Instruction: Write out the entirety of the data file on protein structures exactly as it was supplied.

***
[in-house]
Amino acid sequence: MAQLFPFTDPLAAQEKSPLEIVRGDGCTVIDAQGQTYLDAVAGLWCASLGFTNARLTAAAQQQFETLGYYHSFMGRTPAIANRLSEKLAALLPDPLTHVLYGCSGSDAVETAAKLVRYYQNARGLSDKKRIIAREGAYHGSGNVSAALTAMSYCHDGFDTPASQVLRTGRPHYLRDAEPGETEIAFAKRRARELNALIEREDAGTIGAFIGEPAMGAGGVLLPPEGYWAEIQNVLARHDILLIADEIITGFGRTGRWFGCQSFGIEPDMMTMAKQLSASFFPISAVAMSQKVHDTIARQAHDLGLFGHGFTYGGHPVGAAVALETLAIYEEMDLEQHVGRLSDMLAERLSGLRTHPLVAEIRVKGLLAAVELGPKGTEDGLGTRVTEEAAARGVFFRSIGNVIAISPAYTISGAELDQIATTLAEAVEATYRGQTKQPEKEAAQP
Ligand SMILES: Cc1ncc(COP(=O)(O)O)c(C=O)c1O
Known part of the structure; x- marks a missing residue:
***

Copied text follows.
[in-house]
Amino acid sequence: MAQLFPFTDPLAAQEKSPLEIVRGDGCTVIDAQGQTYLDAVAGLWCASLGFTNARLTAAAQQQFETLGYYHSFMGRTPAIANRLSEKLAALLPDPLTHVLYGCSGSDAVETAAKLVRYYQNARGLSDKKRIIAREGAYHGSGNVSAALTAMSYCHDGFDTPASQVLRTGRPHYLRDAEPGETEIAFAKRRARELNALIEREDAGTIGAFIGEPAMGAGGVLLPPEGYWAEIQNVLARHDILLIADEIITGFGRTGRWFGCQSFGIEPDMMTMAKQLSASFFPISAVAMSQKVHDTIARQAHDLGLFGHGFTYGGHPVGAAVALETLAIYEEMDLEQHVGRLSDMLAERLSGLRTHPLVAEIRVKGLLAAVELGPKGTEDGLGTRVTEEAAARGVFFRSIGNVIAISPAYTISGAELDQIATTLAEAVEATYRGQTKQPEKEAAQP
Ligand SMILES: Cc1ncc(COP(=O)(O)O)c(C=O)c1O
Known part of the structure; x- marks a missing residue: